Negotiating Ethnicity in China
Citizenship as a Response to the State
By Chih-yu Shih
Published May 16th 2002 by Routledge – 272 pages
This challenging study brings together anthropology and political science to examine how ethnic minorities are constructed by the state, and how they respond to such constructions.
Disclosing endless mini negotiations between those acting in the name of the Chinese state and those carrying the images of ethnic minority, this book provides an image of the framing of ethnicity by modern state building processes. It will be of vital interest to scholars of political science, anthropology and sociology, and is essential reading to those engaged in studying Chinese society.
'An important piece of work on the study of Chinese ethnicity' - Journal of Contemporary Asia
Part I: The Ethnic Economy of Citizenship: Comparison with Aboriginal Taiwan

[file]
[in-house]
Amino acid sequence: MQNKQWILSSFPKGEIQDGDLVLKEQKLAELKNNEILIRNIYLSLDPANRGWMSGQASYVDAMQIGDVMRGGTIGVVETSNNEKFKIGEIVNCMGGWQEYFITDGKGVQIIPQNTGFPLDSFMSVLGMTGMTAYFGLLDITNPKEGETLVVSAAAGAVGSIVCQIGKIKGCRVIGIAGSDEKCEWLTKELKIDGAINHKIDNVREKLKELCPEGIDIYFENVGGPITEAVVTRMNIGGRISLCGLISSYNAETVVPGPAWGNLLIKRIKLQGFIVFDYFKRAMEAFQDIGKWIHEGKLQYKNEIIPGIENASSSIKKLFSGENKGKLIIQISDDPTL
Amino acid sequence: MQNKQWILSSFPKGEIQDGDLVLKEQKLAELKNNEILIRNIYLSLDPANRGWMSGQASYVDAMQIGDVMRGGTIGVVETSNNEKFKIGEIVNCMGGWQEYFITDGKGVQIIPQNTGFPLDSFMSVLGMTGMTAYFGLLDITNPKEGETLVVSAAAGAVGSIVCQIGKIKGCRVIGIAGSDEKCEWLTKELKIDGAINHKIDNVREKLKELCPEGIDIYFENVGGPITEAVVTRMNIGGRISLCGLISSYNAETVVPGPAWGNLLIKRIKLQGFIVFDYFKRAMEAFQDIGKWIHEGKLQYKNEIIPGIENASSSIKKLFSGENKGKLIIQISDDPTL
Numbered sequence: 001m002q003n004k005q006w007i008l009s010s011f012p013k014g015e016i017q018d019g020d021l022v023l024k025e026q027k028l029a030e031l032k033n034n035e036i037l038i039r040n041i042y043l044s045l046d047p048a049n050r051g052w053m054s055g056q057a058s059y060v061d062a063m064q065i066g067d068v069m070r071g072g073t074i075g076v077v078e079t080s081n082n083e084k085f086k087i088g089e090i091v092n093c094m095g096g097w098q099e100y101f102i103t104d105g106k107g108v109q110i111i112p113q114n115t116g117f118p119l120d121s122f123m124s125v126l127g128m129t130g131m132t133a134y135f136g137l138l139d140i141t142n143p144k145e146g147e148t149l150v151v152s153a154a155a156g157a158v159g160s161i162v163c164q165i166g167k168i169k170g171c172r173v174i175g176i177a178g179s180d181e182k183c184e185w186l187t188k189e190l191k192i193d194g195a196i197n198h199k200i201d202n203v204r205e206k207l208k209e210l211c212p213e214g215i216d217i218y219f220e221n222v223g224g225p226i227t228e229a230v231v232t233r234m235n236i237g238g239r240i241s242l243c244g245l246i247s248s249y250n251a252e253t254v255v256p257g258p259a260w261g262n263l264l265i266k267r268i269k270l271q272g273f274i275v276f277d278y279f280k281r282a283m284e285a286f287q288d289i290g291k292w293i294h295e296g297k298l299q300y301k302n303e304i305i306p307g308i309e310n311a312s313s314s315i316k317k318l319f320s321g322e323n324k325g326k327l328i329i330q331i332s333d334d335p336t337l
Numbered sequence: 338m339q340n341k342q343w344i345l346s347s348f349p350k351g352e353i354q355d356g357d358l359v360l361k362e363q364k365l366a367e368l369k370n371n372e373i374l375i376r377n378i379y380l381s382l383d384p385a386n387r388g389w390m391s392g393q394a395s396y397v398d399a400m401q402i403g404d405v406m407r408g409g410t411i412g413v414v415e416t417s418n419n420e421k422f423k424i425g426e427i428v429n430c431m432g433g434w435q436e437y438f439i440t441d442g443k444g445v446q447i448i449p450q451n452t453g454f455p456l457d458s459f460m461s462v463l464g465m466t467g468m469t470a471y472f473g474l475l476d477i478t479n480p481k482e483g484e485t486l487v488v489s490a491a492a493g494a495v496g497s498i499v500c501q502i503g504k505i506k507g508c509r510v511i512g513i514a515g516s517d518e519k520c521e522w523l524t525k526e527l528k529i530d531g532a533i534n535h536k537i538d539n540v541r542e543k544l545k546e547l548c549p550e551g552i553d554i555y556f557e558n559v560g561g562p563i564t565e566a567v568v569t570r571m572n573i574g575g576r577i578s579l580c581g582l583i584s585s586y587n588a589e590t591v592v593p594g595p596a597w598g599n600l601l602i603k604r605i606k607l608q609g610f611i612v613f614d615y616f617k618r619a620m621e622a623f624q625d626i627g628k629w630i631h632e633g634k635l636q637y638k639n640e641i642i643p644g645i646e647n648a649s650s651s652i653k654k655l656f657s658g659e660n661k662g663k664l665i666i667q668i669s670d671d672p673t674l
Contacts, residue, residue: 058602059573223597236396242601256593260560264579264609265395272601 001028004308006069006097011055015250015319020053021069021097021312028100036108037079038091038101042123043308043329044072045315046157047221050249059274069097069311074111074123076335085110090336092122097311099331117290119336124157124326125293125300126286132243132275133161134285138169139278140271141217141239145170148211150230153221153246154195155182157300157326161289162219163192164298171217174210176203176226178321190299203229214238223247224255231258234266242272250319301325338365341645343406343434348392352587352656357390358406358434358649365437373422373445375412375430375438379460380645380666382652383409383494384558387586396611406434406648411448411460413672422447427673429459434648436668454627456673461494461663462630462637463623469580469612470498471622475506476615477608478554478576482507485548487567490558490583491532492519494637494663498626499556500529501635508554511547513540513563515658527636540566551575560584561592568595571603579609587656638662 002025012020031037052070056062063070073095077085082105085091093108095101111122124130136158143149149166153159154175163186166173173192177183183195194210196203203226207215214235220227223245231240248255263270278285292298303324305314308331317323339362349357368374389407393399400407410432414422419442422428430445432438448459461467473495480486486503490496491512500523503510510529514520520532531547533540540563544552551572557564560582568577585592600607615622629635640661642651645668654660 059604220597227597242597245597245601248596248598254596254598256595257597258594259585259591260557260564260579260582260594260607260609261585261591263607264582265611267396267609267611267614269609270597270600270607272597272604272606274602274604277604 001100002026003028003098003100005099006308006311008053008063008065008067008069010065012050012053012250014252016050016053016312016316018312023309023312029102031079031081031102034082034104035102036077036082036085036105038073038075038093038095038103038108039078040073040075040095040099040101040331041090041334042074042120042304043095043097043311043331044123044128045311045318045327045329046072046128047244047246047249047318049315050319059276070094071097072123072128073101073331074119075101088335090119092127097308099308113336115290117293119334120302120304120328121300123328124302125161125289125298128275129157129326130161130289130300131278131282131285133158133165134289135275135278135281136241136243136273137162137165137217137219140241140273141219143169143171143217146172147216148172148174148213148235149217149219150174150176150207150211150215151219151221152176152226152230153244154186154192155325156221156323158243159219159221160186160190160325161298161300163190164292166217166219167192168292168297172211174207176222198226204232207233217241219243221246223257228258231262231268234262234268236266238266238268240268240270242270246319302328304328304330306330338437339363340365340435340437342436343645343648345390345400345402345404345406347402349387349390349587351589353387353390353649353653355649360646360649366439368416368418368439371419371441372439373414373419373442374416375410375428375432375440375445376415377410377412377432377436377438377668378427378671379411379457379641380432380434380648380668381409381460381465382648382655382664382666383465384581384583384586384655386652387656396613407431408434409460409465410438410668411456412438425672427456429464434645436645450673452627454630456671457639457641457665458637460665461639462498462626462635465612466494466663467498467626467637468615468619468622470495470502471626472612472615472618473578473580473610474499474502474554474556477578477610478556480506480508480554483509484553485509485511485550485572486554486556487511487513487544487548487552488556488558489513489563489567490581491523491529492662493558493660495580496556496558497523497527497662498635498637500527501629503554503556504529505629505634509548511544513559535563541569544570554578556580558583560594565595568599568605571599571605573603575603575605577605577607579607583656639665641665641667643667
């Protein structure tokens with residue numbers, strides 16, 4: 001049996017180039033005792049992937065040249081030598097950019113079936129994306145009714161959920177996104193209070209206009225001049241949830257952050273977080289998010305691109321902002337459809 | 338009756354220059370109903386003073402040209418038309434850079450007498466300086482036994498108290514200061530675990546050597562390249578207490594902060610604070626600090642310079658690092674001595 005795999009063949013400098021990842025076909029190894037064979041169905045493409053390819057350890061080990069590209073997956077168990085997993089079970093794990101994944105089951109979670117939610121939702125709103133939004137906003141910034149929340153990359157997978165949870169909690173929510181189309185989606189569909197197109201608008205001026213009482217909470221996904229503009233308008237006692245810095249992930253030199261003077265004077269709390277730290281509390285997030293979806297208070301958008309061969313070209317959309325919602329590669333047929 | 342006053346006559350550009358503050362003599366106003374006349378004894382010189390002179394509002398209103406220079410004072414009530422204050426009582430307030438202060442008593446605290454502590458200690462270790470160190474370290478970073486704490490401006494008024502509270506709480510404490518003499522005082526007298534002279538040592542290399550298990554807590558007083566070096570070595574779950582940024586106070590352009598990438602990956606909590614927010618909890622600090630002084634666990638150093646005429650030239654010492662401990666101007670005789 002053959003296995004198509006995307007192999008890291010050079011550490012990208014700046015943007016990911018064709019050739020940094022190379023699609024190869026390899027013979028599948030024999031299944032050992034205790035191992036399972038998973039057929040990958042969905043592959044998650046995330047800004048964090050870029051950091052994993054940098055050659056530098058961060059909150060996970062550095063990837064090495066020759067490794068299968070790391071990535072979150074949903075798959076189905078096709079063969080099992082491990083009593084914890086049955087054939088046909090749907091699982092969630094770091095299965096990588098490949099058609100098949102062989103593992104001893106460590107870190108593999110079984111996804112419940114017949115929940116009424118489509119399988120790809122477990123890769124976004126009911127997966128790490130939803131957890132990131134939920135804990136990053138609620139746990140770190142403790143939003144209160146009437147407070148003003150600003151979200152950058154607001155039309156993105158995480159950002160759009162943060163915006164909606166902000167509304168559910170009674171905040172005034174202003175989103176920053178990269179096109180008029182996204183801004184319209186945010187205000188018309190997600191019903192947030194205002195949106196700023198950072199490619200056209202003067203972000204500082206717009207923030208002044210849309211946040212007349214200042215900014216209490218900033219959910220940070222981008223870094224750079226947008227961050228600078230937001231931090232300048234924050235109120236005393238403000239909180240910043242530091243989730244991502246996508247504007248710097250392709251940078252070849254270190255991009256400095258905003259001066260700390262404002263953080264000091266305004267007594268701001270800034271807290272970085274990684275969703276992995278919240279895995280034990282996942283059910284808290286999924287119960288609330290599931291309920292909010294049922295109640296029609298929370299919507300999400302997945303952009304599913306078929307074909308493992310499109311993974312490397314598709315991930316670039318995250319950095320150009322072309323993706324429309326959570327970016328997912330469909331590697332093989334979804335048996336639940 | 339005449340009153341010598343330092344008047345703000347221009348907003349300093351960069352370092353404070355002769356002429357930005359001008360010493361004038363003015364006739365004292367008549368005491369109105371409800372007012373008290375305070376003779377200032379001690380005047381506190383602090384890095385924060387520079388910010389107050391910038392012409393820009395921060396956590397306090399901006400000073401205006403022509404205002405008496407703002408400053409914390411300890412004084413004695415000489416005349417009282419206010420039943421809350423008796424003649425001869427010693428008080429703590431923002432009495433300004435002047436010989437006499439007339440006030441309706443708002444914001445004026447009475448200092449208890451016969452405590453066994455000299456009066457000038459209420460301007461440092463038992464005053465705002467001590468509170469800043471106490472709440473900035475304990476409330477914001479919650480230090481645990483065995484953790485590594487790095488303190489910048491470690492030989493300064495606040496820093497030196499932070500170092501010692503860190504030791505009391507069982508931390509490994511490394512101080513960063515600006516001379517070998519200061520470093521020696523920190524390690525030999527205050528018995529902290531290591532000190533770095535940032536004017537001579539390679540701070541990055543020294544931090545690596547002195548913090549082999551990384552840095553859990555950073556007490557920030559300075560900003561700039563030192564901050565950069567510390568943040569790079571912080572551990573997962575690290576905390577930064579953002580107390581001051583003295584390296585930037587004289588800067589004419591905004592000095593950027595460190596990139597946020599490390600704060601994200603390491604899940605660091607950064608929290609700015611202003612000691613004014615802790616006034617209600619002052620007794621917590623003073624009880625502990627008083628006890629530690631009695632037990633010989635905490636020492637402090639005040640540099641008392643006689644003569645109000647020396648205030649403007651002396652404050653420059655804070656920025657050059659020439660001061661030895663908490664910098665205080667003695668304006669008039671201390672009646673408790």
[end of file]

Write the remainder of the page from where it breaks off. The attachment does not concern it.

Part II: Ethnic Sensitivity: Contingent Identities
Part III: Ethnic Traits: after Assimilation
Part IV: Ethnic Religion: the Adaptation of Islam
Part V: Ethnic Language: Educational Practices
Part VI: Ethnic Schooling: Sluggish Enrollment
Chih-yu Shih, National Chair Professor of 2001-2003 at National Taiwan University, teaches Chines politics, cultural studies and political psychology. He received his MPP from Harvard University and Ph.D from the University of Denver. In addition to 33 Chinese books, his English publications include Collective Democracy, State and Society in China's Political Economy, Symbolic War, China's Just World and The Spirit Chinese Foreign Policy. His ethnicity is Chinese Miao.